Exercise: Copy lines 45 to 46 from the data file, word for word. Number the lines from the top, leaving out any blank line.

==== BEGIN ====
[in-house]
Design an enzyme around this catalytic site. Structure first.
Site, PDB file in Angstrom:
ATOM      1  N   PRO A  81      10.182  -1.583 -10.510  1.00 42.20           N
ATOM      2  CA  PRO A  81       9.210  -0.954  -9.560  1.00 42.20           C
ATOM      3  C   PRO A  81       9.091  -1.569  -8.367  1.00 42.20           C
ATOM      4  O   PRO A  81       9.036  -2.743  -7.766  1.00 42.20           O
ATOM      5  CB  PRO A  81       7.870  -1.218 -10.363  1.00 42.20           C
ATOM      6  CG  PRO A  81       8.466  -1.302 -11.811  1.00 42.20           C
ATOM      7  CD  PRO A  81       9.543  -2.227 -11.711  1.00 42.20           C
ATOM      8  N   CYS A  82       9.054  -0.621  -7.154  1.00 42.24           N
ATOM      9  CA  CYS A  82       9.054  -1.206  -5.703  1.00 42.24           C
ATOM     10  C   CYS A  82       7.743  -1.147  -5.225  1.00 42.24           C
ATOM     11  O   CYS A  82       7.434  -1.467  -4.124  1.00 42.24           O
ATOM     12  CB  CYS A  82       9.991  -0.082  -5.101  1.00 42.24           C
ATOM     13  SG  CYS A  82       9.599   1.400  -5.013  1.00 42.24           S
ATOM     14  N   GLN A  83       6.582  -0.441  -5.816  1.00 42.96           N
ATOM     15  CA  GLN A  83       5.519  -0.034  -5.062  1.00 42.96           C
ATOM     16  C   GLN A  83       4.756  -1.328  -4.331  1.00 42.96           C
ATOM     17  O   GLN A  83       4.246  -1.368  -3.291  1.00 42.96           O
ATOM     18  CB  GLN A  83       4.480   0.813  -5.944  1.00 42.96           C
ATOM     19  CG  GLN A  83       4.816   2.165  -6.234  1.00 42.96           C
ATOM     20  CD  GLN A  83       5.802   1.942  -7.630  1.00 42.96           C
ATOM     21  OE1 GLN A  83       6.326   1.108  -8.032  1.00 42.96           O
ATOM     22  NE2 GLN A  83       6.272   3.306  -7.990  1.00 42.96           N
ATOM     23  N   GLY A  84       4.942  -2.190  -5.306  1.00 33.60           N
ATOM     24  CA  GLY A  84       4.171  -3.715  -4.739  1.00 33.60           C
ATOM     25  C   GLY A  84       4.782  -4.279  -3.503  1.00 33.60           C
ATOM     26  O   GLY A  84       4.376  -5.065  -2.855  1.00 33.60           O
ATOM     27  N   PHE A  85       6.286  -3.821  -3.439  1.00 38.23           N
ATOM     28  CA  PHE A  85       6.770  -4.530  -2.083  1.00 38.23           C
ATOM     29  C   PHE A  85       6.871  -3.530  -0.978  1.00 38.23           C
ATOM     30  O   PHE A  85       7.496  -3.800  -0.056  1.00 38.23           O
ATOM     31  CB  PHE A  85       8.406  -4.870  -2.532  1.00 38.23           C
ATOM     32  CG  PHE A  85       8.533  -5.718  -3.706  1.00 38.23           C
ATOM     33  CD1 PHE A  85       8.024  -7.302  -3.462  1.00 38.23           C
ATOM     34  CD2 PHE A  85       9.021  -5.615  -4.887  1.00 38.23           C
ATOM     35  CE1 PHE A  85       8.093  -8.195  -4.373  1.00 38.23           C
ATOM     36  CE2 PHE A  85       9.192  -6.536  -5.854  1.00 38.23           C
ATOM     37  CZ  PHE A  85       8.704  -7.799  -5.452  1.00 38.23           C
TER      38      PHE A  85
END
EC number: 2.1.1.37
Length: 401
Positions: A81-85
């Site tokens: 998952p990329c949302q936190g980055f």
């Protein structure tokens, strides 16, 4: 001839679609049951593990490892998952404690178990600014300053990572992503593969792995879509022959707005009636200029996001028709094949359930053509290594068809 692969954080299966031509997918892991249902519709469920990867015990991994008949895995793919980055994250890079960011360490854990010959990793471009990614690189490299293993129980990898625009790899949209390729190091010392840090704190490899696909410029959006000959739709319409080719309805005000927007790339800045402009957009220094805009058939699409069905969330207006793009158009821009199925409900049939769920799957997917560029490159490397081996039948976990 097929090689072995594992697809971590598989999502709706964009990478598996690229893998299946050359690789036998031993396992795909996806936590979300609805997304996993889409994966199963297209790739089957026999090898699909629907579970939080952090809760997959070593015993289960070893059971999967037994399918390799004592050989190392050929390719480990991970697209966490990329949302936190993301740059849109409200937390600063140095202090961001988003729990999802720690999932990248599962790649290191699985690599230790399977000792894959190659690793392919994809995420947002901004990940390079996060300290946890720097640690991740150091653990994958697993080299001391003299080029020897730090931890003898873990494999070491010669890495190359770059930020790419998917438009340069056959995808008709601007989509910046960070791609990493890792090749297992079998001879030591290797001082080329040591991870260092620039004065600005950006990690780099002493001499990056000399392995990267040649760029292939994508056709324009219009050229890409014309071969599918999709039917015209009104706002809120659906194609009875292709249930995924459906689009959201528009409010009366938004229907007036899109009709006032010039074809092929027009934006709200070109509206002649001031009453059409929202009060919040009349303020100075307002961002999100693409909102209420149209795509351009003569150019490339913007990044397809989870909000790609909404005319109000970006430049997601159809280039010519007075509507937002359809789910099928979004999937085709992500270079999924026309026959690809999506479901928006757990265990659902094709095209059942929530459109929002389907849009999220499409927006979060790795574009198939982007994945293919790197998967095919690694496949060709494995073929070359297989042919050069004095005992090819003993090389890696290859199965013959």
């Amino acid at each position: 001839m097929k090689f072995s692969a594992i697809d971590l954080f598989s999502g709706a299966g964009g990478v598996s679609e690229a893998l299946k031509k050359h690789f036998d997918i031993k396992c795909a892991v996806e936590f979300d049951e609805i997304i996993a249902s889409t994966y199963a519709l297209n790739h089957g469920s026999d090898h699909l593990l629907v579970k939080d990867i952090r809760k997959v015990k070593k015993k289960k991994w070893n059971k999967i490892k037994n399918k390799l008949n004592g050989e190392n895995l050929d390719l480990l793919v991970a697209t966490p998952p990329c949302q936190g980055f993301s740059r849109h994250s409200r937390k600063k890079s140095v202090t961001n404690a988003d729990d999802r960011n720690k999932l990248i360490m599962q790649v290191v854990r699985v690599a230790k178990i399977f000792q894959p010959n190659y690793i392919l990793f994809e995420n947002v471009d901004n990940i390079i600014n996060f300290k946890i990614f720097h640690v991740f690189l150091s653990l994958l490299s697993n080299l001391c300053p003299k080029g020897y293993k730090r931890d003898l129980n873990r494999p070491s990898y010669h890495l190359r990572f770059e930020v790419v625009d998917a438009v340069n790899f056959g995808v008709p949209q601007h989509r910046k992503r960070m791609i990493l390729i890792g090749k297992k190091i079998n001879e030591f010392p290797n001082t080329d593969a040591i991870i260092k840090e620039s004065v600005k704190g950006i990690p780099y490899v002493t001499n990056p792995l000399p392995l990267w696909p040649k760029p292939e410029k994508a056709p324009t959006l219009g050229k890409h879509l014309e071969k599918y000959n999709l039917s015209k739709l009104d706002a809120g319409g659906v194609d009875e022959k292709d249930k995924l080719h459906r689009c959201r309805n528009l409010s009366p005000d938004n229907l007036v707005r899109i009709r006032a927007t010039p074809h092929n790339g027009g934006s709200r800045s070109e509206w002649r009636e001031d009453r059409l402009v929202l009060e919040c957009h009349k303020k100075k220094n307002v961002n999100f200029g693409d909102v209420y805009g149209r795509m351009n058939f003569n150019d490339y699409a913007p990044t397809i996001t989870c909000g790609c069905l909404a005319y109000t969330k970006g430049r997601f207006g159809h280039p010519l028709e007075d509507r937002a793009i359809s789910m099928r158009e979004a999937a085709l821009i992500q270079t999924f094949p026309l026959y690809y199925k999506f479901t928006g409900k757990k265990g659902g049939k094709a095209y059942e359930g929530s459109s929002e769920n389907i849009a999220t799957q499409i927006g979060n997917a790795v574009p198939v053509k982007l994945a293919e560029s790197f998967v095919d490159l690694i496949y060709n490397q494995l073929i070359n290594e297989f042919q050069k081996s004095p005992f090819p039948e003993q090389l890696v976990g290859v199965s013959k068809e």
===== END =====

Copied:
Positions: A81-85
């Site tokens: 998952p990329c949302q936190g980055f």